Design Tactics #17 — How to design with real data
10x how fast you can work in Figma
You know how OG designers will look for any excuse to say “the tool doesn’t matter”?
In many ways, they’re right… but I’m starting to think we’re heading into a world where it’s harder to get behind that idea.
Because the rate that our tools are improving is breathtaking. Every time I open Twitter I’m hit with a new AI advancement, a new Framer feature, or a new plugin that makes me question everything I thought about design tooling.
And the crazy part is that it still feels like the first inning…
I can’t wait for the day when it’s seamless (and expected) for designers to contribute directly to production code. Technical abilities will quickly become a superpower.
But before we can do that, we need to start working directly with real data. Which is why I’m so excited about today’s tutorial 👇
💪 How to design with real data in Figma
Last Fall I discovered a startup called Kernel that promised to make it easy to design with real data in Figma 👀
At first, I was skeptical because I’ve used Google Sheets and different JSON plugins before and they were all pretty clunky.
But as I’ve been beta-testing Kernel for the last few months I can confidently say this is starting to feel like a pretty big deal 💪
The whole workflow is super simple:
Connect your data (I used a JSON file from the Maven database)
Set up your configurations (watch the tutorial to see how)
Hit a single button to populate data across all selected instances
Watch the full tutorial below 👇
Btw… I’m going to start testing out their AI functionality next so hit reply and let me know if you’d be interested in part two ✌️
💥 Random Goodness
I have three other highlights for you today:
1) “Why does a design look good?”
This is a tough question to answer but I thought this article did a great job. Definitely recommend reading (~5 min) if you’re looking to enhance your eye for good visual design.
2) Steal my Framer bookmarks
ICYMI I shared a list of my top Framer bookmarks for inspiration.
We live in a “remix” world now, and my hunch is that this is going to tighten the adoption curve for different design trends.
Heck, Framer’s new home page is inspired by one of my own tweets (does that make me feel cool? you better believe it lol 😇).
As an example… the fact that I can just “remix” one of my favorite design details in Arc and add it to my own project in a few clicks is wild to me 🤯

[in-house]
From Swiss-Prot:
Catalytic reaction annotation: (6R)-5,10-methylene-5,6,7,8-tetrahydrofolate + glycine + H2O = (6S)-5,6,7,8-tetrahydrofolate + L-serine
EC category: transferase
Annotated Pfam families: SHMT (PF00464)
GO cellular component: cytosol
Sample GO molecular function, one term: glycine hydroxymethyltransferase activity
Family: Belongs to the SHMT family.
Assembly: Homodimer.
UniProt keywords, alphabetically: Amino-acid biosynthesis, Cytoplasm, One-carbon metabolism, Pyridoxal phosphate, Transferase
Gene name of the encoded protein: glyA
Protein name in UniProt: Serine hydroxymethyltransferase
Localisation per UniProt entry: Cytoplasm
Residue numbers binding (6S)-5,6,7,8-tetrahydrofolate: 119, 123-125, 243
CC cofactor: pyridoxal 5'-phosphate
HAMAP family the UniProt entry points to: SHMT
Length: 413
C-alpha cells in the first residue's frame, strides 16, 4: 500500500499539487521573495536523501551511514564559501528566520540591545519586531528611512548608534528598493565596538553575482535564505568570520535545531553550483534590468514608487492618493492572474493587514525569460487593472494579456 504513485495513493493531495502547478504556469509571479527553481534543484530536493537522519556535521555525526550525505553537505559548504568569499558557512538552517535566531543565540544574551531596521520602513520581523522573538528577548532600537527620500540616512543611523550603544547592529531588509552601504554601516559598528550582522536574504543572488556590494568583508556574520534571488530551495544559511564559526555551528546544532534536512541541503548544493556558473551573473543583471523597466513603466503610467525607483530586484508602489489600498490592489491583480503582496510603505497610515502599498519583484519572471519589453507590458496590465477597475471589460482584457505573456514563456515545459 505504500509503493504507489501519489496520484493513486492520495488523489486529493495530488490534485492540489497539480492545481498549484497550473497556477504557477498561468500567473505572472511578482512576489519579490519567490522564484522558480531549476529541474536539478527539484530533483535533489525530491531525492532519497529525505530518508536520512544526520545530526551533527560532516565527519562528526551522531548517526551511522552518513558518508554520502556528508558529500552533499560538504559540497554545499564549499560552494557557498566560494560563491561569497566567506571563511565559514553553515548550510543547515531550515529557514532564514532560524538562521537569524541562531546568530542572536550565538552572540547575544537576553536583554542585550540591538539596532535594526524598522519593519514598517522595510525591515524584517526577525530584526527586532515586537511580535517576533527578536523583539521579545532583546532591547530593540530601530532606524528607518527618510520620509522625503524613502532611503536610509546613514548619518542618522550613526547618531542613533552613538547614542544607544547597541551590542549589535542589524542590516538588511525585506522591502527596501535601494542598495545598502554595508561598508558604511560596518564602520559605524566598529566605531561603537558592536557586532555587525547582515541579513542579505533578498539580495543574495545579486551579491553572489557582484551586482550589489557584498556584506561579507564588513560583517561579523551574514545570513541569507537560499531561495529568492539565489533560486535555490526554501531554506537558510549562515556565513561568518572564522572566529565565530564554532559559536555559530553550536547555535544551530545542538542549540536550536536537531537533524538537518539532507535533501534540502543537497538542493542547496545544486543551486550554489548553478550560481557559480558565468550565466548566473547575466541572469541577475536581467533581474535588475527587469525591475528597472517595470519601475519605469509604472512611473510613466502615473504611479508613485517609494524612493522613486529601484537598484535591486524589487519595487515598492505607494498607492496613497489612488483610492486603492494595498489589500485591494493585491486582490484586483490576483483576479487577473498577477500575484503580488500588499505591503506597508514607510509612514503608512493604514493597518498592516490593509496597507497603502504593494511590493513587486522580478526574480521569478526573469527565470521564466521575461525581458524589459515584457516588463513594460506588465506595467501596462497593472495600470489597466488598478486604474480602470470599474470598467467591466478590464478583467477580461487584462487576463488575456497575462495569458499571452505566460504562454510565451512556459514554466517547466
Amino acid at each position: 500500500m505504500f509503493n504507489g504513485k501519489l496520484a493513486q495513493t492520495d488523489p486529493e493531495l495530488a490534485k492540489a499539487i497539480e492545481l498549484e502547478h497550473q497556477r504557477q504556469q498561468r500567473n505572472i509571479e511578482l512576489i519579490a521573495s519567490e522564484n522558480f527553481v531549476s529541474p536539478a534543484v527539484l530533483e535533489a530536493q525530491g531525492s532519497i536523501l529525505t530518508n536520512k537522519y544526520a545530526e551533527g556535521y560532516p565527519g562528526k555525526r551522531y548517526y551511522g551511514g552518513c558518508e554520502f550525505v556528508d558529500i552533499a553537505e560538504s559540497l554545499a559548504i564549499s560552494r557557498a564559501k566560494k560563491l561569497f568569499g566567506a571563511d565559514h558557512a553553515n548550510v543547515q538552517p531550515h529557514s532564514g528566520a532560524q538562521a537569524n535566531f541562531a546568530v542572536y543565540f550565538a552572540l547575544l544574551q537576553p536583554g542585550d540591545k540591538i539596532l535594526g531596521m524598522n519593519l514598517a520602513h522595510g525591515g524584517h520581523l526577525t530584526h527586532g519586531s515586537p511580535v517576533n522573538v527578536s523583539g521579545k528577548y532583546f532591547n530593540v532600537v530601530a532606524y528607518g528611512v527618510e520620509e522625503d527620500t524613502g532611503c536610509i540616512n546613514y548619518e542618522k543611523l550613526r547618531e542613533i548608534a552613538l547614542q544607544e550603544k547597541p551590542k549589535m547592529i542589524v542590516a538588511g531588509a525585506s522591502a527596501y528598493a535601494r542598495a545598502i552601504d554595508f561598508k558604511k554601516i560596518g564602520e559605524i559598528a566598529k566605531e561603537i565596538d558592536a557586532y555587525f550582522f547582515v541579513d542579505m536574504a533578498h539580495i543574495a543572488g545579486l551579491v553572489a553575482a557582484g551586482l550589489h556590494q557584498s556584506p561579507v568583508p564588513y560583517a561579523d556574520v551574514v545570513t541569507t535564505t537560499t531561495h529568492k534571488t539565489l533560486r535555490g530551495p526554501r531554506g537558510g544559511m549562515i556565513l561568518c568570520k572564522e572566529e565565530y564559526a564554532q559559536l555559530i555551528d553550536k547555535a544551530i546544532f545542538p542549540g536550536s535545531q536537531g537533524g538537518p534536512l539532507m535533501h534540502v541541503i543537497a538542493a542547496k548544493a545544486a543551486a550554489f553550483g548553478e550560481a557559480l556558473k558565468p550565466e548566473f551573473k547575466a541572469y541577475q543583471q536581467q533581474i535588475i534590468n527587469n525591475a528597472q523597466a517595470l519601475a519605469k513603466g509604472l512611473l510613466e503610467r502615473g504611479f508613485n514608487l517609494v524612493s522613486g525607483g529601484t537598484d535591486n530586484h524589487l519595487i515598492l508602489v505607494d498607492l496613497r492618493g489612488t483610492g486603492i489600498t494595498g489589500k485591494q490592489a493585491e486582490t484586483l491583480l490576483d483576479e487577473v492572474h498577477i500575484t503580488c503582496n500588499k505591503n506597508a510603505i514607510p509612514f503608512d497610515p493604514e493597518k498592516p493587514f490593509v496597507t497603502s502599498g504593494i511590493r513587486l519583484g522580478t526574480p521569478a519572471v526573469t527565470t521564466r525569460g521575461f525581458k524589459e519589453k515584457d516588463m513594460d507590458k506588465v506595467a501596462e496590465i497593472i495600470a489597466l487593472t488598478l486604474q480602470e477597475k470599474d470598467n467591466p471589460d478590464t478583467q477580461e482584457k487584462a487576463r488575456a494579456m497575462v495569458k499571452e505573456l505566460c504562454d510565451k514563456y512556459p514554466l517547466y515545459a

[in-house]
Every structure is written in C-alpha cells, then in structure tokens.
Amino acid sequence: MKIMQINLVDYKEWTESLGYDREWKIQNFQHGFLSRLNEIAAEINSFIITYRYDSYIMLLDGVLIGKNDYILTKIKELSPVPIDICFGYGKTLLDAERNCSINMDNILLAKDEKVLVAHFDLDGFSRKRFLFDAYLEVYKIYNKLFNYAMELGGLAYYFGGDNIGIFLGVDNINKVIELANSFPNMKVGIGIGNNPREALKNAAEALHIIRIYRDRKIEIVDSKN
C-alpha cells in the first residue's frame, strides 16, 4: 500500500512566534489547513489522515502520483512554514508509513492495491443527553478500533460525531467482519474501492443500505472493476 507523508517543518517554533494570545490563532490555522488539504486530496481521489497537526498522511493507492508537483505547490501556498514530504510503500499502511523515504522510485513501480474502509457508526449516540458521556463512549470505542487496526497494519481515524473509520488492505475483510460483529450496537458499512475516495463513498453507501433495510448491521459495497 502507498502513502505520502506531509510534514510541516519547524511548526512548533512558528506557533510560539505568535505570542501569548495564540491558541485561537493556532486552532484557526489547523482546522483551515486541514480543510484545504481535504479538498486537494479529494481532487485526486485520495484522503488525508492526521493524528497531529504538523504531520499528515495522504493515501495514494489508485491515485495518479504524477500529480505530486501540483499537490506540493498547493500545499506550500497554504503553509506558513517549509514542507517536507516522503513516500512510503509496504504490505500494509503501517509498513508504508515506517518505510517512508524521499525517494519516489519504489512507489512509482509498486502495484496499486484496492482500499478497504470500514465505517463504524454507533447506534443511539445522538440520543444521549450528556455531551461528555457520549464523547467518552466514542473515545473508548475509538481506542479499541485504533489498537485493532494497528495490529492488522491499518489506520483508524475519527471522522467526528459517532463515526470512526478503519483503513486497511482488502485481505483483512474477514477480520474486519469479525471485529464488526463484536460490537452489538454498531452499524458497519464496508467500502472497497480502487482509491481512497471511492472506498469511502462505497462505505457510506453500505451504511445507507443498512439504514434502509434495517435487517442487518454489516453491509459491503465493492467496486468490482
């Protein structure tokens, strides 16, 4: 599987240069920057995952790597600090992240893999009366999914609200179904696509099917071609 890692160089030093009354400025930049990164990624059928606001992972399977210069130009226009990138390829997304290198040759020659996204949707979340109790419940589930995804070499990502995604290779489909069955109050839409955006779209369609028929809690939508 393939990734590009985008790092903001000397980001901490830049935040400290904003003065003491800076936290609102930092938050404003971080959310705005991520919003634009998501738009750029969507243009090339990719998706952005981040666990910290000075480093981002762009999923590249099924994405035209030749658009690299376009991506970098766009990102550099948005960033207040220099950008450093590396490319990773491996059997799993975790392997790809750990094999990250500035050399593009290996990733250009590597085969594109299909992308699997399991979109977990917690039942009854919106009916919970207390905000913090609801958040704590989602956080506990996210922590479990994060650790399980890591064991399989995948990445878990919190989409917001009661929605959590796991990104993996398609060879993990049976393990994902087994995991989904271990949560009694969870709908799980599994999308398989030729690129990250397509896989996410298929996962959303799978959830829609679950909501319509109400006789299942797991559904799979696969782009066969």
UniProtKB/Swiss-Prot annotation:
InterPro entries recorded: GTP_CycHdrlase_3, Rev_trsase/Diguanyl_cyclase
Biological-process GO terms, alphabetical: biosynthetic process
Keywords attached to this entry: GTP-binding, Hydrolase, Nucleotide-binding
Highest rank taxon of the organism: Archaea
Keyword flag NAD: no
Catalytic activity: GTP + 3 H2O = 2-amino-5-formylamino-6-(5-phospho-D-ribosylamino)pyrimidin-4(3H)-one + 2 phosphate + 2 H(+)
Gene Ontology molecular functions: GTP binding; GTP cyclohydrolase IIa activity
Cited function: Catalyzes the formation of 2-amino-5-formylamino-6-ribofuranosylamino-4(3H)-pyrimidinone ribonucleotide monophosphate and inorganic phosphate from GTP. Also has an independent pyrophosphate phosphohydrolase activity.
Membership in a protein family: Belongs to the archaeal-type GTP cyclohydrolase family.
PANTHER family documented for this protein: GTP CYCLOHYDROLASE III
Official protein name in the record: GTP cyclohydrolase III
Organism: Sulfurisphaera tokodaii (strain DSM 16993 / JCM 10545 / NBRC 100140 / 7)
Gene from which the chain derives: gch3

3) “Designing in Winter”
I’d like to end by referencing this article.
At first glance, it’s gloomy. I’m a bit more optimistic regarding our future as designers. That being said… We can also use the content as motivation for what’s ahead.
Is AI going to alter the landscape of design? You bet.
Will it eliminate certain types of jobs? Most likely.
Will it also create all types of new opportunities for designers? Definitely.
Our tools are advancing rapidly and the only way you can get hurt is if you stay stagnant. If you’re not already well established in your career, I don’t think you’ll be able to stick to “the tools don’t matter” much longer.
But there’s hope. Because this is just as new for me as it is for you. We’re all scrambling to find our footing on a newly leveled playing field.
As a result, I believe we’re approaching an era of design where you’ll be able to separate yourself from the pack by:
Learning to leverage AI effectively
Adopting a technical mindset and getting as close as possible to code
Being an early adopter of new computing paradigms
☝️ The path to creating a successful career in UI/UX design is changing.
New entrants will no longer be able to hop into a bootcamp and follow a cookie-cutter playbook.
But with the right lens… that can be pretty exciting too :)
That’s all friends!
I hope you had an amazing week. Feel free to reply with anything that’s on your mind ❤️
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